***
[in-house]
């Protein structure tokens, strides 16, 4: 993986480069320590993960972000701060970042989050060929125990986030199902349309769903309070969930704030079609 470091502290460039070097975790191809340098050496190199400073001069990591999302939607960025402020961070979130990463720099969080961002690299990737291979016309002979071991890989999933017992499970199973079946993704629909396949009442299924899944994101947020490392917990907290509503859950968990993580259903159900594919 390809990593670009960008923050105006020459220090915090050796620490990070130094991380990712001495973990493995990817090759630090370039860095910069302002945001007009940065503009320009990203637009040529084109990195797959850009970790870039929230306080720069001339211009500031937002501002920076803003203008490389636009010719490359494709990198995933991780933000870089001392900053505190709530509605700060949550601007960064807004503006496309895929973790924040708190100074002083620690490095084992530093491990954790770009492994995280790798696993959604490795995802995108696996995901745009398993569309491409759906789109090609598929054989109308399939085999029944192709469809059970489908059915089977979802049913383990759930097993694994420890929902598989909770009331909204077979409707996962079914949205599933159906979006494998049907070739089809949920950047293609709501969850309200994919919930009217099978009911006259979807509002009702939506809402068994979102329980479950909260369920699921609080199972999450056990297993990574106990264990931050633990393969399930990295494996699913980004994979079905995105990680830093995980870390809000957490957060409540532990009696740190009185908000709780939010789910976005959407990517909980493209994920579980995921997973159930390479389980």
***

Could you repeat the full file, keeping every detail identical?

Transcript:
[in-house]
């Protein structure tokens, strides 16, 4: 993986480069320590993960972000701060970042989050060929125990986030199902349309769903309070969930704030079609 470091502290460039070097975790191809340098050496190199400073001069990591999302939607960025402020961070979130990463720099969080961002690299990737291979016309002979071991890989999933017992499970199973079946993704629909396949009442299924899944994101947020490392917990907290509503859950968990993580259903159900594919 390809990593670009960008923050105006020459220090915090050796620490990070130094991380990712001495973990493995990817090759630090370039860095910069302002945001007009940065503009320009990203637009040529084109990195797959850009970790870039929230306080720069001339211009500031937002501002920076803003203008490389636009010719490359494709990198995933991780933000870089001392900053505190709530509605700060949550601007960064807004503006496309895929973790924040708190100074002083620690490095084992530093491990954790770009492994995280790798696993959604490795995802995108696996995901745009398993569309491409759906789109090609598929054989109308399939085999029944192709469809059970489908059915089977979802049913383990759930097993694994420890929902598989909770009331909204077979409707996962079914949205599933159906979006494998049907070739089809949920950047293609709501969850309200994919919930009217099978009911006259979807509002009702939506809402068994979102329980479950909260369920699921609080199972999450056990297993990574106990264990931050633990393969399930990295494996699913980004994979079905995105990680830093995980870390809000957490957060409540532990009696740190009185908000709780939010789910976005959407990517909980493209994920579980995921997973159930390479389980």